Analysts at Friedman, Billings, Ramsey & Co. Inc. (FBR), Arlington, Va., noted a Department of Energy report that six refineries remain shut down, representing 922,000 b/d of refining capacity, while another 13 refineries with a combined designed capacity of 3.62 million b/d are restarting or operating at reduced runs. As of Sept. 7, 17.6% of Louisiana remained without power.
"Further impending hurricanes may postpone a quick test of $100/bbl crude and limit pressure on OPEC to reduce output," said analysts at KBC Market Services, a division of KBC Process Technology Ltd. in the UK. "We do not expect Saudi Arabia to take preemptive steps to keep prices above this threshold. But OPEC knows that it must reduce supplies at some point in the coming months, and any return to double digit crude prices may be of short duration."
The average price of OPEC's basket of 13 benchmark crudes fell $2.43 to $101.21/bbl on Sept. 5. So far this year, OPEC's basket price has averaged $109.40/bbl. According to FBR analysts, OPEC could quietly reduce production without adjusting quotas simply by adhering to its current production quota of 29.67 million b/d. The International Energy Agency earlier estimated OPEC's actual in July was 32.77 million b/d.
In other news, Nigerian gunmen killed a crew member and abducted another aboard the Fulmar Lamnco supply vessel operated by the local unit of Eni SPA in the Niger Delta region.
Meanwhile, several Russian ships and 1,000 soldiers will take part in joint naval maneuvers with Venezuela in the Caribbean later this year, a pro-government Venezuelan newspaper Vea reported. It said four Russian vessels would visit Venezuelan waters Nov. 10-14. It would mark the first time the Russian navy did such an exercise in Latin American waters. It comes at a time of heightened diplomatic tension and Cold War-style rhetoric between Moscow and the US over the recent war in Georgia and plans for a US missile defense system in the Czech Republic and Poland.
Venezuelan President Hugo Chavez earlier said Russian ships and "long-distance" planes are welcome to visit his country. Chavez also has criticized the recent reactivation of the US Navy's Fourth Fleet, which will patrol Latin America for the first time in more than 50 years.
The October contract of benchmark US light, sweet crudes fell as low as $105.13/bbl Sept. 5, before closing at $106.23/bbl, down $1.66 for the day on the New York Mercantile Exchange. The November contract lost $1.75 to $106.69/bbl. On the US spot market, West Texas Intermediate at Cushing, Okla., was down $1.66 to $106.23/bbl. Heating oil for October delivery dropped 4.09¢ to $2.98/gal on NYMEX. The October contract for reformulated blend stock for oxygenate blending (RBOB) fell 5.43¢ to $2.69/gal.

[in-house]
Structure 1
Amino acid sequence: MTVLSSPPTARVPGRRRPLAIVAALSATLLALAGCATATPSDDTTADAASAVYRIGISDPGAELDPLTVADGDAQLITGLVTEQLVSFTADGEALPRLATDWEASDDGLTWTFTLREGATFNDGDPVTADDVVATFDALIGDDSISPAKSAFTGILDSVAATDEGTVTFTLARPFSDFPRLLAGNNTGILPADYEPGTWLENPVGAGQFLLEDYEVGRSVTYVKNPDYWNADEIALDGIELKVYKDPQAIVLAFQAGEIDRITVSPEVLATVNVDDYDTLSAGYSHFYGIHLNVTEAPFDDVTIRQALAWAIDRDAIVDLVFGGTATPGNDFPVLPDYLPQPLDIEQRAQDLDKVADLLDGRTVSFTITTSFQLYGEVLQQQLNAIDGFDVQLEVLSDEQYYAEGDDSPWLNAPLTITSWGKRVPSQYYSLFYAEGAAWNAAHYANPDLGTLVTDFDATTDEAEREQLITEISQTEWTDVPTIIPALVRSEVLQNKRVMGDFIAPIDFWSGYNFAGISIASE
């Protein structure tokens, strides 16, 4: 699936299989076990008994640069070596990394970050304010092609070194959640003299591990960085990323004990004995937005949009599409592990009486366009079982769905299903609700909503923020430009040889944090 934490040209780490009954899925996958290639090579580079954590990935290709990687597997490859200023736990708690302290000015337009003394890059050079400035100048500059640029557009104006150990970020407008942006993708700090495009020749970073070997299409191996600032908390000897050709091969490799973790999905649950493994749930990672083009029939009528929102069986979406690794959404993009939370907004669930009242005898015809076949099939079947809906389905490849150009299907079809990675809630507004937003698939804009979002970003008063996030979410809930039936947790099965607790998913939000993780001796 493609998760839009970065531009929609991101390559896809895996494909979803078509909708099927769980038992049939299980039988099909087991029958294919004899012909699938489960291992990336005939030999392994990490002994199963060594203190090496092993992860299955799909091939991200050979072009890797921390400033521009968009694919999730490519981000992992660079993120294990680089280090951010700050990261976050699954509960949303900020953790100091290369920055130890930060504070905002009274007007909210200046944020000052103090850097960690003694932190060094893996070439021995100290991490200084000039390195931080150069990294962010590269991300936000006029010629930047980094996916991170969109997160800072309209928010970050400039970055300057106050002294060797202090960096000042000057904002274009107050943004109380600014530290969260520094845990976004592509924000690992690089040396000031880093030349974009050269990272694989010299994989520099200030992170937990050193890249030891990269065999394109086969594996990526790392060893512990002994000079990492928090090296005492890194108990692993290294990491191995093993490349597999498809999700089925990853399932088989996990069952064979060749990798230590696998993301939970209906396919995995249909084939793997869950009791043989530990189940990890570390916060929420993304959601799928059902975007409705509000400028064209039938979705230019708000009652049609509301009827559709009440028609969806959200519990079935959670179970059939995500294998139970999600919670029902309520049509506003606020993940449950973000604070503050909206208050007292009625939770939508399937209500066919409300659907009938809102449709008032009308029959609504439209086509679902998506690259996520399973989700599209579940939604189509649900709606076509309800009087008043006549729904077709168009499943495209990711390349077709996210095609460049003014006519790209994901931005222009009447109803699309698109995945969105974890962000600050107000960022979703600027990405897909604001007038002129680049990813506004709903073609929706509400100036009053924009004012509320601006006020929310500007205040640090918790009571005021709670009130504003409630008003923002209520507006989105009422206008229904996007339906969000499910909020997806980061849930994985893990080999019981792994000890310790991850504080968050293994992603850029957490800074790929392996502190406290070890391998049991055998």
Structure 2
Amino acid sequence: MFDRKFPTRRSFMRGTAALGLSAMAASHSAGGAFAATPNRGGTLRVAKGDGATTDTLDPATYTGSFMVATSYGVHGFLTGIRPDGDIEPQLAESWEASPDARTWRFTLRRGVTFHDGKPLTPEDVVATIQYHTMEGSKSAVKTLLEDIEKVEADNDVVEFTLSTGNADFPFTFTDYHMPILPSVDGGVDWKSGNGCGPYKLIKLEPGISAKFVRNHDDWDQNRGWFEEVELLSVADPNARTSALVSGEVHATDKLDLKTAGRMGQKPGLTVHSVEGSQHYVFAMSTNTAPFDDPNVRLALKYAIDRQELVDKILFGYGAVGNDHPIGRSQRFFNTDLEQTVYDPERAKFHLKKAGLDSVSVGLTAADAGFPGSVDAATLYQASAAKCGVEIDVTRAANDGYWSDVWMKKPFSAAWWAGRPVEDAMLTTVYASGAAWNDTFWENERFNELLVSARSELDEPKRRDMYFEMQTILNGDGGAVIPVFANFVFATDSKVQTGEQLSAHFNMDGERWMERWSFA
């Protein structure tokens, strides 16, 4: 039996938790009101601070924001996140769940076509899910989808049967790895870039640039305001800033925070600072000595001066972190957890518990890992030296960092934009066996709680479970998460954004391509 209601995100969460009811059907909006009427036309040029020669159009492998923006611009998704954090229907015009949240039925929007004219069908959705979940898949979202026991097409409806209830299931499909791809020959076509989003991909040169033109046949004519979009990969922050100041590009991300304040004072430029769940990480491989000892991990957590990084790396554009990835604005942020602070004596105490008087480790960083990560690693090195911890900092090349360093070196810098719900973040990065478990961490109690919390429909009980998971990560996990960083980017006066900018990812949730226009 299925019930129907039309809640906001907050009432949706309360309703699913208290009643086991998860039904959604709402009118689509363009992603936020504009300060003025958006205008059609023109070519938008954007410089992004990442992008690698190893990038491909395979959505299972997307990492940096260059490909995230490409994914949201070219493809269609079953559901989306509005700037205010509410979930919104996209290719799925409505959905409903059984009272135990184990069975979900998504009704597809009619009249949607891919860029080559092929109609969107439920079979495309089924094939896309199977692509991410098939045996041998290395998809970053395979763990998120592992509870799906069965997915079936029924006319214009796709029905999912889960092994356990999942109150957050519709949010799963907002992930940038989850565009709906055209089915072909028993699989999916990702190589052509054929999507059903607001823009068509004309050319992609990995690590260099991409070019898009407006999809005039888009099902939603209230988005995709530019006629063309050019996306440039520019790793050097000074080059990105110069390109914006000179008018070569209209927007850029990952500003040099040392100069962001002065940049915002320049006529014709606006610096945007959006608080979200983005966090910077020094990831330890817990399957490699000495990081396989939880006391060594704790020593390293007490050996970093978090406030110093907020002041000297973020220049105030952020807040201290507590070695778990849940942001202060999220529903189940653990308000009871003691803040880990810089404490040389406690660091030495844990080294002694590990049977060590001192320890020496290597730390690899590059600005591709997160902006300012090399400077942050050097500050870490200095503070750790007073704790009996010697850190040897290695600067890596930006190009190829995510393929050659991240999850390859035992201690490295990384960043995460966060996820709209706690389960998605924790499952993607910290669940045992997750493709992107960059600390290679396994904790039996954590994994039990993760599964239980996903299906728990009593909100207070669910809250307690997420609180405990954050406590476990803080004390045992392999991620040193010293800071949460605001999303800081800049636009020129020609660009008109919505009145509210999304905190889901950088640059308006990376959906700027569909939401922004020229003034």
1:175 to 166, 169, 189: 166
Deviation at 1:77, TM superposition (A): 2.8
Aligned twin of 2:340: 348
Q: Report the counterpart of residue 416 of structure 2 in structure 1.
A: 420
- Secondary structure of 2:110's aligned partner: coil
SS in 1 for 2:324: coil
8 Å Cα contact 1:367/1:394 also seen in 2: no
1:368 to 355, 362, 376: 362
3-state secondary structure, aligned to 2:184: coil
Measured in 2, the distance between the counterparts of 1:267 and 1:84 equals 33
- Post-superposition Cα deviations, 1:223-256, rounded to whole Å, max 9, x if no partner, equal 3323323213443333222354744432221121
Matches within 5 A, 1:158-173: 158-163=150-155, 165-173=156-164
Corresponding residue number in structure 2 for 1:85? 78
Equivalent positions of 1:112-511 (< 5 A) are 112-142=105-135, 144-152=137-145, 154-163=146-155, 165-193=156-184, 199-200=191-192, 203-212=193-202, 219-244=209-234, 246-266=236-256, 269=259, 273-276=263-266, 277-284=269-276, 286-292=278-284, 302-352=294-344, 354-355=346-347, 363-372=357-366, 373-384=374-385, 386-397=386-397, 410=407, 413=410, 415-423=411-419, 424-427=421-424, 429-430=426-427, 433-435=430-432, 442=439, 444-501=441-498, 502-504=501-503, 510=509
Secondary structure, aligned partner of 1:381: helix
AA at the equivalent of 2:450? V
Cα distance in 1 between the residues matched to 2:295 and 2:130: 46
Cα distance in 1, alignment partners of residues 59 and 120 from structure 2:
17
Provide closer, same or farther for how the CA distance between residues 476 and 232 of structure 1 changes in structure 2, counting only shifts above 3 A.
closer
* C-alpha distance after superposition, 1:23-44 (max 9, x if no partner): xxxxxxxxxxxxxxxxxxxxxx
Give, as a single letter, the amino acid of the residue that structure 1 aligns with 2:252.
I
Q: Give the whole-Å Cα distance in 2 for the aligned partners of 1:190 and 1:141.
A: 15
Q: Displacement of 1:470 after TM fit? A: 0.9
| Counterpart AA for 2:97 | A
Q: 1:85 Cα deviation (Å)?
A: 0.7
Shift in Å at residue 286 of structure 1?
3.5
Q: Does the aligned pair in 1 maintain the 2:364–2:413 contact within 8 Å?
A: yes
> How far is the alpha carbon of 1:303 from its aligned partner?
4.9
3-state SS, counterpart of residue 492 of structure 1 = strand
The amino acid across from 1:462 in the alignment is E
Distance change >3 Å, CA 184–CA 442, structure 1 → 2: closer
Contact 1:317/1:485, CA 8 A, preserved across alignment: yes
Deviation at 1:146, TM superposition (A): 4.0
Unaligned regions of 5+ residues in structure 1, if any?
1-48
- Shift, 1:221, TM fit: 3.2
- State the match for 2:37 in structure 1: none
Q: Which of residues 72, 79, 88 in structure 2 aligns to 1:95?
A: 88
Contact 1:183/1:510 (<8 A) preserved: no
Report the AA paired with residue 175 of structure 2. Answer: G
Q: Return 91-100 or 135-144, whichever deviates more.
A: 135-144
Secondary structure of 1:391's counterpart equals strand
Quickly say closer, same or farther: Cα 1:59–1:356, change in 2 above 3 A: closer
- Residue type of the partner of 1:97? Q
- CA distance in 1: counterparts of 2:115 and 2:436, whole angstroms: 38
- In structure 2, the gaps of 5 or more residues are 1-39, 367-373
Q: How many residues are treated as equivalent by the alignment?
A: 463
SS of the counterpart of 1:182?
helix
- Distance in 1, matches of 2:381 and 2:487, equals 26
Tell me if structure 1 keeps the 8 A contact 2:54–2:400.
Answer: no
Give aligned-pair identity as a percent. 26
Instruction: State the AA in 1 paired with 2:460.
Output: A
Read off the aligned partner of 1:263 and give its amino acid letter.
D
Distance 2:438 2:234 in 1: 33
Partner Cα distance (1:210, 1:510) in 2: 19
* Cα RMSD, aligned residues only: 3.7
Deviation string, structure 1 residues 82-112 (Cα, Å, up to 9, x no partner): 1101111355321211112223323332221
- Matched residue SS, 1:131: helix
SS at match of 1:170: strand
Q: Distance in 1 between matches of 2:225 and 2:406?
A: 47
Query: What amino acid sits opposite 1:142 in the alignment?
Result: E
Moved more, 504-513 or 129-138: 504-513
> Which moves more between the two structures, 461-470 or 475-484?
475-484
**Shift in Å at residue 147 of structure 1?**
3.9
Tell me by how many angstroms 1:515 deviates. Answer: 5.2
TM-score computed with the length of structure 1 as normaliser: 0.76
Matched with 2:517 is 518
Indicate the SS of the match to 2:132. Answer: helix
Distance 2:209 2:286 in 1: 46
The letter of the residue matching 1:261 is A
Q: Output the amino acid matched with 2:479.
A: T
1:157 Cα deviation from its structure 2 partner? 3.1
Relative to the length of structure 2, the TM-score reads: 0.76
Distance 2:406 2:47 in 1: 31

But the October natural gas contract advanced 12.7¢ to $7.45/MMbtu on NYMEX. On the US spot market, gas at Henry Hub, La., gained 15.5¢ to $6.41/MMbtu. Pritchard Capital analysts said, "Concerns related to Hurricane Ike's path combined with fairly strong support to push natural gas futures higher to end the week." However, they noted the Sept. 5 closing price on NYMEX was lower by 49.4¢/MMbtu than the previous week's close.
Raymond James analysts said, "Our gas model suggests that the US gas market must somehow squeeze out 500 bcf of gas supply over the next year. The way we see it, such a supply reduction will not happen if gas prices (12-month futures strip) remain above $7/Mcf in 2009. We believe producers will need to either voluntarily shut-in production or reduce drilling activity. Our 2009 forecast of $6.75/Mcf assumes drilling activity rolls over in early 2009. It is important to note that the market may need to take prices even lower to rebalance the system. Such a gas price environment would be particularly bad for North American gassy names such as marginal gas producers, pressure pumpers, land drillers, and Gulf of Mexico jack up drillers."
In London, the October IPE contract for North Sea Brent dropped $2.12 to $104.09/bbl. The September contract for gas oil fell $19.50 to $953.25/tonne.
Contact Sam Fletcher at firstname.lastname@example.org.